- With two nearly Triple Plus (A++ to A+++) sides, this copy is close to the BEST we have ever heard, right up there with our Shootout Winner
- All Tube, Live in the Studio Columbia Sound from 1962 – sound like this makes a mockery of most jazz recordings, and don’t get me started on the sham Heavy Vinyl LPs flooding the market with one mediocrity after another
- What a swingin’ group – there is simply not a false step to be found anywhere on either side of this wonderful record
- “Hawkins teamed up with the personable trumpeter Clark Terry for this upbeat set of-of solid swing. Terry, in particular, is in exuberant form on “Feedin’ the Bean”… but Hawkins’s playing (particularly on the trumpeter’s ballad “Michelle”) is also in fine form.”
These Nearly White Hot Stamper pressings have top-quality sound that’s often surprisingly close to our White Hots, but they sell at substantial discounts to our Shootout Winners, making them a relative bargain in the world of Hot Stampers (“relative” meaning relative considering the kinds of prices we charge). We feel you get what you pay for here at Better Records, and if ever you don’t agree, please feel free to return the record for a full refund, no questions asked.
*NOTE: On side two, a mark makes 20 moderate to light ticks and pops one-half inch into Track 2.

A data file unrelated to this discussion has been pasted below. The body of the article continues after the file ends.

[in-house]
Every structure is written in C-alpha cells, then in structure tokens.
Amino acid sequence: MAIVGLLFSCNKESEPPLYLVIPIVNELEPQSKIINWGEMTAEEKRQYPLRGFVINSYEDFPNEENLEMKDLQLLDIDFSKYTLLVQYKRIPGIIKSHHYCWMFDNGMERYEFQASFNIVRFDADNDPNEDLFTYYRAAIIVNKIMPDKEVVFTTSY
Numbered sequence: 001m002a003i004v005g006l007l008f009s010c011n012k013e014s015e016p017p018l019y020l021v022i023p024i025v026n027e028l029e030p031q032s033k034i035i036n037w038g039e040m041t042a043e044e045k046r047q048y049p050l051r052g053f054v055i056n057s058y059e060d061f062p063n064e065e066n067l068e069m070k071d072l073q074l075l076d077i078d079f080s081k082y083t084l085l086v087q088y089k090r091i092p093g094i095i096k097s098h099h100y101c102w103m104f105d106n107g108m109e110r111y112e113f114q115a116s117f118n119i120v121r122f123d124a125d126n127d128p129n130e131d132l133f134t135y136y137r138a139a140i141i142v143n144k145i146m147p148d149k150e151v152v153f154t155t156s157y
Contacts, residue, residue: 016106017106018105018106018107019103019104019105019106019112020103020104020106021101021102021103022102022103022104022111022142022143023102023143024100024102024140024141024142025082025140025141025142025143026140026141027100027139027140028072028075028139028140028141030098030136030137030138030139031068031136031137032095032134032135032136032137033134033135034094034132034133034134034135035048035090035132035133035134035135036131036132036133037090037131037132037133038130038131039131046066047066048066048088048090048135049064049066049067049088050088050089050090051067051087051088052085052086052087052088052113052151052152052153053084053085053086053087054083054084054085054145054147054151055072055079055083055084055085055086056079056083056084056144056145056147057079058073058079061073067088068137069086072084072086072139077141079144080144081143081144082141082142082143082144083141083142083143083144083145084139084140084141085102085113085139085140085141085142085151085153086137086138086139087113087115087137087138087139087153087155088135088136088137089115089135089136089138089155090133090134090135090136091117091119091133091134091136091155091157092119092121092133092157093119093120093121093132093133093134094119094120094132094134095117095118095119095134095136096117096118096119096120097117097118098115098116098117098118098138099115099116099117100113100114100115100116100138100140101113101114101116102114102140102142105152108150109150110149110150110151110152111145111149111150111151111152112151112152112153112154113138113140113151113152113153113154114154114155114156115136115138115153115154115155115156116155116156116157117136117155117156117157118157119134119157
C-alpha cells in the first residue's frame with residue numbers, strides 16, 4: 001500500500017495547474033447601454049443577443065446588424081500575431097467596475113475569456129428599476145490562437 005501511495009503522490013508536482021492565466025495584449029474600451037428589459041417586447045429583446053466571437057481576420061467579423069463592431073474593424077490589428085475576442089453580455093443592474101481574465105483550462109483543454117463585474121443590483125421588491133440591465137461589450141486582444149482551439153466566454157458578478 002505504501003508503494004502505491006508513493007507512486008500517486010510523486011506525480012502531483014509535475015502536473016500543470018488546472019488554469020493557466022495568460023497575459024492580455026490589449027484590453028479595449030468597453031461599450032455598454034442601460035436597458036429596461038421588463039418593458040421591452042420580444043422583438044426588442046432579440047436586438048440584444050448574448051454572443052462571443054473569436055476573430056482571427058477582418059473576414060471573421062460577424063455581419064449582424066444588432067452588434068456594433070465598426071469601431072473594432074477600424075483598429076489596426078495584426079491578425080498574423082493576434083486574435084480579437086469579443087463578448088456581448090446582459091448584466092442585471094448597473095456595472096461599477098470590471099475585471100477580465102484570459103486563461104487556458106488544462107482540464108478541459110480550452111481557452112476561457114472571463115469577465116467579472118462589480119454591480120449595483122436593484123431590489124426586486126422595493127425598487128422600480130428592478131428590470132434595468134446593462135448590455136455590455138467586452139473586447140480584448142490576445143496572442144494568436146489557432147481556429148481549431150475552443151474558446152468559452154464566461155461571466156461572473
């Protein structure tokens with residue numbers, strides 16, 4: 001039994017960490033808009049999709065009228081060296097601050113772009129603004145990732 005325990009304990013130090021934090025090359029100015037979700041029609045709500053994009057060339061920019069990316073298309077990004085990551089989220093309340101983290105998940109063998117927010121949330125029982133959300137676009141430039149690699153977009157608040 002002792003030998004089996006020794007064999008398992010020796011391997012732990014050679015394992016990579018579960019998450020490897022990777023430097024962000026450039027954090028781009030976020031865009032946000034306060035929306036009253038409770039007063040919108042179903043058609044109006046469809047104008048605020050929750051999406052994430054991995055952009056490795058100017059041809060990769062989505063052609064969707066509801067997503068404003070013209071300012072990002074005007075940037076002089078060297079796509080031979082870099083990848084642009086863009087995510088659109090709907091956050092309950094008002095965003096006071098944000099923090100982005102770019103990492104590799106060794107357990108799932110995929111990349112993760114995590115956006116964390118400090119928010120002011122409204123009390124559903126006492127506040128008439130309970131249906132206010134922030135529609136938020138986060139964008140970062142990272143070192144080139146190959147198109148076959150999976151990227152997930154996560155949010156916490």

For those of you who appreciate the remarkable sound quality that Columbia’s engineers were able to achieve in the ’50s and ’60s, this LP is a Must-Own.
This vintage “360 Sound” Columbia Stereo has the kind of Tubey Magical Midrange that modern records can barely BEGIN to reproduce. Folks, that sound is gone and it sure isn’t showing signs of coming back. If you love hearing INTO a recording, actually being able to “see” the performers, and feeling as if you are sitting in the studio with the band, this is the record for you. It’s what vintage all analog recordings are known for — this sound.
If you exclusively play modern repressings of vintage recordings, I can say without fear of contradiction that you have never heard this kind of sound on vinyl. Old records have it — not often, and certainly not always — but maybe one out of a hundred new records do, and those are some pretty long odds.
What the Best Sides of Back In Bean’s Bag Have to Offer Is Not Hard to Hear
- The biggest, most immediate staging in the largest acoustic space
- The most Tubey Magic, without which you have almost nothing. CDs give you clean and clear. Only the best vintage vinyl pressings offer the kind of Tubey Magic that was on the tapes in 1963
- Tight, note-like, rich, full-bodied bass, with the correct amount of weight down low
- Natural tonality in the midrange — with all the instruments having the correct timbre
- Transparency and resolution, critical to hearing into the three-dimensional studio space
No doubt there’s more but we hope that should do for now. Playing the record is the only way to hear all of the qualities we discuss above, and playing the best pressings against a pile of other copies under rigorously controlled conditions is the only way to find a pressing that sounds as good as this one does.
Copies with rich lower mids and nice extension up top did the best in our shootout, assuming they weren’t veiled or smeary of course. So many things can go wrong on a record! We know, we’ve heard them all.